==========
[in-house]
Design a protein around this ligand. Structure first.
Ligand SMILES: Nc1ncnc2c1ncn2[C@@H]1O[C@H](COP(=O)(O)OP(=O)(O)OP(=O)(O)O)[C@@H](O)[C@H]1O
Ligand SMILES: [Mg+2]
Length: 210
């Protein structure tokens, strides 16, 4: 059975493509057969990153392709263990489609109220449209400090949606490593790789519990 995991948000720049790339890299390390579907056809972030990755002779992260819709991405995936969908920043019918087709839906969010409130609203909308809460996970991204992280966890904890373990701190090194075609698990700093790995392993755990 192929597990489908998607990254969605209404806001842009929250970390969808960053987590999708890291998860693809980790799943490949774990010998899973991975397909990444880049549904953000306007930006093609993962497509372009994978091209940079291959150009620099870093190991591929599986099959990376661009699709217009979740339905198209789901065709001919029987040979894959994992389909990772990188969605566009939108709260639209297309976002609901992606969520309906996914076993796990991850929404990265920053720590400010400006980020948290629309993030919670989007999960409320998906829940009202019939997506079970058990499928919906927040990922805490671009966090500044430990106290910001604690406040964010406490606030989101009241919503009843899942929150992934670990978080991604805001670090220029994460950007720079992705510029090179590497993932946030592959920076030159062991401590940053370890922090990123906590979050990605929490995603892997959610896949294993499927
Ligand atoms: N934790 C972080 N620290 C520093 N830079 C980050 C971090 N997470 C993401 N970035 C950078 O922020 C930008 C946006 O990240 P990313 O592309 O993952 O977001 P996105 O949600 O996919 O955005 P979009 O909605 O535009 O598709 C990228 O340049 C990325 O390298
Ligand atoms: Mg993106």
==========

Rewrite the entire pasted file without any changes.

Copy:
[in-house]
Design a protein around this ligand. Structure first.
Ligand SMILES: Nc1ncnc2c1ncn2[C@@H]1O[C@H](COP(=O)(O)OP(=O)(O)OP(=O)(O)O)[C@@H](O)[C@H]1O
Ligand SMILES: [Mg+2]
Length: 210
């Protein structure tokens, strides 16, 4: 059975493509057969990153392709263990489609109220449209400090949606490593790789519990 995991948000720049790339890299390390579907056809972030990755002779992260819709991405995936969908920043019918087709839906969010409130609203909308809460996970991204992280966890904890373990701190090194075609698990700093790995392993755990 192929597990489908998607990254969605209404806001842009929250970390969808960053987590999708890291998860693809980790799943490949774990010998899973991975397909990444880049549904953000306007930006093609993962497509372009994978091209940079291959150009620099870093190991591929599986099959990376661009699709217009979740339905198209789901065709001919029987040979894959994992389909990772990188969605566009939108709260639209297309976002609901992606969520309906996914076993796990991850929404990265920053720590400010400006980020948290629309993030919670989007999960409320998906829940009202019939997506079970058990499928919906927040990922805490671009966090500044430990106290910001604690406040964010406490606030989101009241919503009843899942929150992934670990978080991604805001670090220029994460950007720079992705510029090179590497993932946030592959920076030159062991401590940053370890922090990123906590979050990605929490995603892997959610896949294993499927
Ligand atoms: N934790 C972080 N620290 C520093 N830079 C980050 C971090 N997470 C993401 N970035 C950078 O922020 C930008 C946006 O990240 P990313 O592309 O993952 O977001 P996105 O949600 O996919 O955005 P979009 O909605 O535009 O598709 C990228 O340049 C990325 O390298
Ligand atoms: Mg993106």